Mellqvist Kaffebar is a small and cosy neighbourhood café on one of the main streets of Södermalm, Stockholm’s coolest district. It is a great place to indulge in the Swedish tradition of fika, taking a break to drink coffee and eat something sweet with a friend.
In addition to the coffee, which is smooth and mellow, people come here for the delicious cardamom buns (kardemummabullar in Swedish), a Swedish fika staple. The weekend brunch is also popular, but there is no real menu – don’t hesitate to ask at the counter.
Once you have grabbed your coffee and bun (and maybe one of the boiled eggs on the side) grab a stool – or better, an outside table if the weather is nice. Then open your copy of The Girl with the Dragon Tattoo: besides being one of Stieg Larsson’s favourite places (the writer used to work just above it and is said to have written several pages there) Mellqvist Kaffebar is the location of the book’s final scene.
Judging from the creative types and laptops around, it would appear the literary aura of this café continues.
Hornsgatan 78 118 21 Stockholm, Sweden Phone:+46 76 875 29 92 Facebook: MellqvistKaffebar
A small but airy basement with an open kitchen and a big communal table, Bassanova Ramen NYC stands out from the loud, bright neon signs of Chinatown with a simple and stylish décor of white raw distressed wood and silver metal chairs.
There are only five dishes on the evening menu of this cash-only Japanese eatery: three ramen soups and two “naked” ramen dishes, i.e. without soup. The choice really boils down to three, as it would be a shame to miss their lip-smacking special recipe pork broth. Regularly featured among the best ramen destinations in New York, including by the venerable New York Times, this unpretentious place does one thing and does it well.
We recommend the spicy ramen and green curry, with char-grilled pork, prawns, peppers and courgettes; or the less fiery pork ramen. Served in beautiful Japanese earthenware bowls, which add to the visual and textual experience, they are aromatic, rich and delicious. Definitely worth the trip.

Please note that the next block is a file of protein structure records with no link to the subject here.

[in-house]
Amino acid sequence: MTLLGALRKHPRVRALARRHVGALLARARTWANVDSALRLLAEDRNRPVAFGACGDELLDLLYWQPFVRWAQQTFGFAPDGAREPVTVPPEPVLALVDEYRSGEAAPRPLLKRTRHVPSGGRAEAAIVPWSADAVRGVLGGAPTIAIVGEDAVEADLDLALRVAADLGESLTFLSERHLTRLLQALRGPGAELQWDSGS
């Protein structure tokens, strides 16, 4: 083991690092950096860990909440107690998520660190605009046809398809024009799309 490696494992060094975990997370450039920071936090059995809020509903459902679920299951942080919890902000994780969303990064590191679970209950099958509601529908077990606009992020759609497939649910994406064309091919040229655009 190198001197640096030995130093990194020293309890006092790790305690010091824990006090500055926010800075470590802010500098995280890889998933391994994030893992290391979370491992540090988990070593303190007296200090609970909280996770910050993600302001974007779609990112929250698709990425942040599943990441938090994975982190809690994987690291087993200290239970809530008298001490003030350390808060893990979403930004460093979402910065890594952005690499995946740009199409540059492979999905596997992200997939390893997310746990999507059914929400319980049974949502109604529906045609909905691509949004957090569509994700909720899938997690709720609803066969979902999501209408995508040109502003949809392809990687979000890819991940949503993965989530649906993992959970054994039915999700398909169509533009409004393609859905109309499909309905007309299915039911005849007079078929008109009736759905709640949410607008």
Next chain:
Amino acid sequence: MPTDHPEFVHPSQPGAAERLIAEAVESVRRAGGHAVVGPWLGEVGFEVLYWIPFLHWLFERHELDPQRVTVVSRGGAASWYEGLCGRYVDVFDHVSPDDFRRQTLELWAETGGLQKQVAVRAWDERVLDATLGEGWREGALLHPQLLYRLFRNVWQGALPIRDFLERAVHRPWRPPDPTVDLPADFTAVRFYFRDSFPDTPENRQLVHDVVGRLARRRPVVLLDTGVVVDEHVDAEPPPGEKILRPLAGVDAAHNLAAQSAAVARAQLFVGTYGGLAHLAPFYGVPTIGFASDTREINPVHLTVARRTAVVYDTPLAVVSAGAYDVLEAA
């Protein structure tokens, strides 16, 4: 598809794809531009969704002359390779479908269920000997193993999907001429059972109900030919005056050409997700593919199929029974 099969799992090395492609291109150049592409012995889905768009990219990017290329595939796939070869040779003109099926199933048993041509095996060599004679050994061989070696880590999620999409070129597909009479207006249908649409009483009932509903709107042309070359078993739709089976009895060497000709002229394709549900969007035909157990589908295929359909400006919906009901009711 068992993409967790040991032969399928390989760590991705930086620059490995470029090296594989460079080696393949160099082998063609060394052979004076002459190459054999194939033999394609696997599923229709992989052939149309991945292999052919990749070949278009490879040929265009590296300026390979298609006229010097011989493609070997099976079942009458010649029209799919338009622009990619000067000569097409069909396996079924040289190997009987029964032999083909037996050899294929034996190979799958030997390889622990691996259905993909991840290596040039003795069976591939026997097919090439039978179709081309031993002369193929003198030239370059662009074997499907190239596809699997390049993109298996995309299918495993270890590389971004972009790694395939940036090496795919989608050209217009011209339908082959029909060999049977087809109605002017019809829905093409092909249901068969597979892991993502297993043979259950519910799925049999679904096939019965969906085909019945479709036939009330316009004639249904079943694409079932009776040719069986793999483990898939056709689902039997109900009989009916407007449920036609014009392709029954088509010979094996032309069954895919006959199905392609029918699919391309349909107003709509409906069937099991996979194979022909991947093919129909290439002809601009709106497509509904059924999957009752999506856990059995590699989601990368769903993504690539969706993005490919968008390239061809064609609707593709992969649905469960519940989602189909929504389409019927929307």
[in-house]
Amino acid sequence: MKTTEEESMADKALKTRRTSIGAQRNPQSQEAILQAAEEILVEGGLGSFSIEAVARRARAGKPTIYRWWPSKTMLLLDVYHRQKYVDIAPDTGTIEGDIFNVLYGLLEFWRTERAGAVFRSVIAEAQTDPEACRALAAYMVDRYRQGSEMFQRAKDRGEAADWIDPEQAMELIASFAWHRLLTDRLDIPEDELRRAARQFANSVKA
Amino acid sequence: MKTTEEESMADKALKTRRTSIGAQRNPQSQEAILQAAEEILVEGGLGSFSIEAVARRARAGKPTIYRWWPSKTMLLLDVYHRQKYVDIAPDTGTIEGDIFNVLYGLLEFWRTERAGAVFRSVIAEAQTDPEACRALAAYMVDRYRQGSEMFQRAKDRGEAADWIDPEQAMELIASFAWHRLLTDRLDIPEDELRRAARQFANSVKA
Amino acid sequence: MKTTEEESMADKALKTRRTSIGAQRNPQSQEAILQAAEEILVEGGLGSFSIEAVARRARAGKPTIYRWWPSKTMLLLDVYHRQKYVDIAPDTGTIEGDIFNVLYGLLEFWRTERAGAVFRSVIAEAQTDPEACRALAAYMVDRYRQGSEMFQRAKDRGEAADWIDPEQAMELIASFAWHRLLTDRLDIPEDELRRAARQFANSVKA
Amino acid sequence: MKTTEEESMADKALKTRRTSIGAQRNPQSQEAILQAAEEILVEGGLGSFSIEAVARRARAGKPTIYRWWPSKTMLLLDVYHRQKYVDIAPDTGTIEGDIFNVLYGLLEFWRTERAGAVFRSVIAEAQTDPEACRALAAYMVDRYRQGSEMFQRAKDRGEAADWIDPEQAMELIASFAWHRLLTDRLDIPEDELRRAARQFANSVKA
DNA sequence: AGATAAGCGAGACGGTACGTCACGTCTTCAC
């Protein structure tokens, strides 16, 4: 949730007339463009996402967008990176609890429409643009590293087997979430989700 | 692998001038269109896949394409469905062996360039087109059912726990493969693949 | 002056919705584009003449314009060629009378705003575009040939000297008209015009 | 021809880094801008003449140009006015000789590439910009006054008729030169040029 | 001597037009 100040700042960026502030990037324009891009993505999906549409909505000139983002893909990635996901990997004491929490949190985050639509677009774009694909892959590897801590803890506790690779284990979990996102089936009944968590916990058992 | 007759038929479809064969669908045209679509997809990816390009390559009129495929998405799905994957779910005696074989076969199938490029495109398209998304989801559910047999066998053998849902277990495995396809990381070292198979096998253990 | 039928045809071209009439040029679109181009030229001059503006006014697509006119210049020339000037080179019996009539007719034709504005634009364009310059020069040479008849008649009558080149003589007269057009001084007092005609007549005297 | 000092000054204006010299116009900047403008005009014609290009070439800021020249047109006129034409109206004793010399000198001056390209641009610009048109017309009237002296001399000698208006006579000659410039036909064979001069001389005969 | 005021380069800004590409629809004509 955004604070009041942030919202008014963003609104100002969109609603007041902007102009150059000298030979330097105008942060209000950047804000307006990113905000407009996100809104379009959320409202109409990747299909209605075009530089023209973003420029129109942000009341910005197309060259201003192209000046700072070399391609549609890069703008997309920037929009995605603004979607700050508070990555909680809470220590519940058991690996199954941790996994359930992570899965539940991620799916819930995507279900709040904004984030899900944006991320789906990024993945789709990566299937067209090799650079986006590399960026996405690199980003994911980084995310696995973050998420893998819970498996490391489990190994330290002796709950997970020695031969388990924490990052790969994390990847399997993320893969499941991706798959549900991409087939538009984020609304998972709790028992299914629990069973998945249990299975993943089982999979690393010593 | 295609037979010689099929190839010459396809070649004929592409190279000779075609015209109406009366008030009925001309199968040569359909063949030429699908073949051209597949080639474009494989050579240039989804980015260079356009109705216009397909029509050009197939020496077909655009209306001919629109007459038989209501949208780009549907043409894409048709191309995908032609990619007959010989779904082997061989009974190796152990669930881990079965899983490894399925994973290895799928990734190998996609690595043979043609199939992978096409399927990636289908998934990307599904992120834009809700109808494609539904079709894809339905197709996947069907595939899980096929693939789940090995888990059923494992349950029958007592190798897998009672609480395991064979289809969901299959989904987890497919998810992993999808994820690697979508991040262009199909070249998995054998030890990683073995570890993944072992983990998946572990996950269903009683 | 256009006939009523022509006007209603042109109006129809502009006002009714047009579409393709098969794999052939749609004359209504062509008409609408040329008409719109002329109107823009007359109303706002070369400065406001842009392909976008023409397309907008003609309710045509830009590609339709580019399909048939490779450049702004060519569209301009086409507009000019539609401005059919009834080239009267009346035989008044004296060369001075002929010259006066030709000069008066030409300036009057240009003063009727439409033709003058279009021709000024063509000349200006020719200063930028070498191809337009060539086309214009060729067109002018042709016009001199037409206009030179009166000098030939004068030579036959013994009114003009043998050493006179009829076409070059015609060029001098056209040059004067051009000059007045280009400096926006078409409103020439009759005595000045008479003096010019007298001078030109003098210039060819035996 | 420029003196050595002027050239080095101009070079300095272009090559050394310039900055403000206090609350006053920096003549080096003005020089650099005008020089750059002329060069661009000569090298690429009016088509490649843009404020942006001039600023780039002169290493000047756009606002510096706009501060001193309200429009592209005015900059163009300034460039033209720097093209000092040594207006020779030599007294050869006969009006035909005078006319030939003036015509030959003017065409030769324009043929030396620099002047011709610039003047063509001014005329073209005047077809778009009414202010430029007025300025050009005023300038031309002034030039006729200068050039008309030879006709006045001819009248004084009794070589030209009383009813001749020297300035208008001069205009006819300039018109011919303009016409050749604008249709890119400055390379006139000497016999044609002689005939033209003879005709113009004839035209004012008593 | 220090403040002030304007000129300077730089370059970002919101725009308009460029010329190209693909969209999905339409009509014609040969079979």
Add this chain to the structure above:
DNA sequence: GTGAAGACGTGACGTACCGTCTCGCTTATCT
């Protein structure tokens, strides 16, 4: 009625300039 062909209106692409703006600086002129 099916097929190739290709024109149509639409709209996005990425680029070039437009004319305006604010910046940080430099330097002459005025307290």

Loopy Mango is an Aladdin’s cave of beautiful and unusual clothes, linens, blankets, antiques and lifestyle items in the heart of Soho, Manhattan. Its greatest feature, though, and the reason to make it a destination of any visit to New York, is a red brick wall stacked floor-to-ceiling with the chunkiest merino wool.
Big Loop Yarn is a 100% merino yarn, sourced, dyed and spun in the United States, especially developed for chunky knits. One skein (40 oz, approx. 120 yards or 110 meters) knits up in just 2-3 hours with size 50 (25 mm) needles and will make a 28” x 40” (71 cm x 101 cm) blanket. It comes in a variety of natural and vibrant colors, including ivory, oatmeal, pink, red and grey.
Russian Anna and Korean Waejong started Loopy Mango to develop their own yarn and hand knit products. The idea of the Big Loop Yarn came from their knitting classes: Anna and Waejong wanted to offer absolute beginners satisfying designs that could be completed in the time of a knitting class. Because the Big Loop Yarn and needles are oversize, beginners could better see and understand the stitches’ movements.
According to the lovely Loopy Mango people, even advanced knitters will knit faster and make fewer mistakes on the Big Loop Yarn than on smaller yarn and needles. Free patters are available on the Loopy Mango website and you can watch several video tutorials on YouTube.
Before starting planning how to fit all of this wonderful wool into your suitcase (I went for a pink Eternity Cowl scarf kit) have a look also at the rest of the Loopy Mango shop: among others, they stock delightful Pagewood Farm feathers and puffs yarn. Loopy Mango deliver worldwide and have stockists in several countries.
Here is how I did with Loopy Mango’s Big Loop yarn and 25 mm circular needles!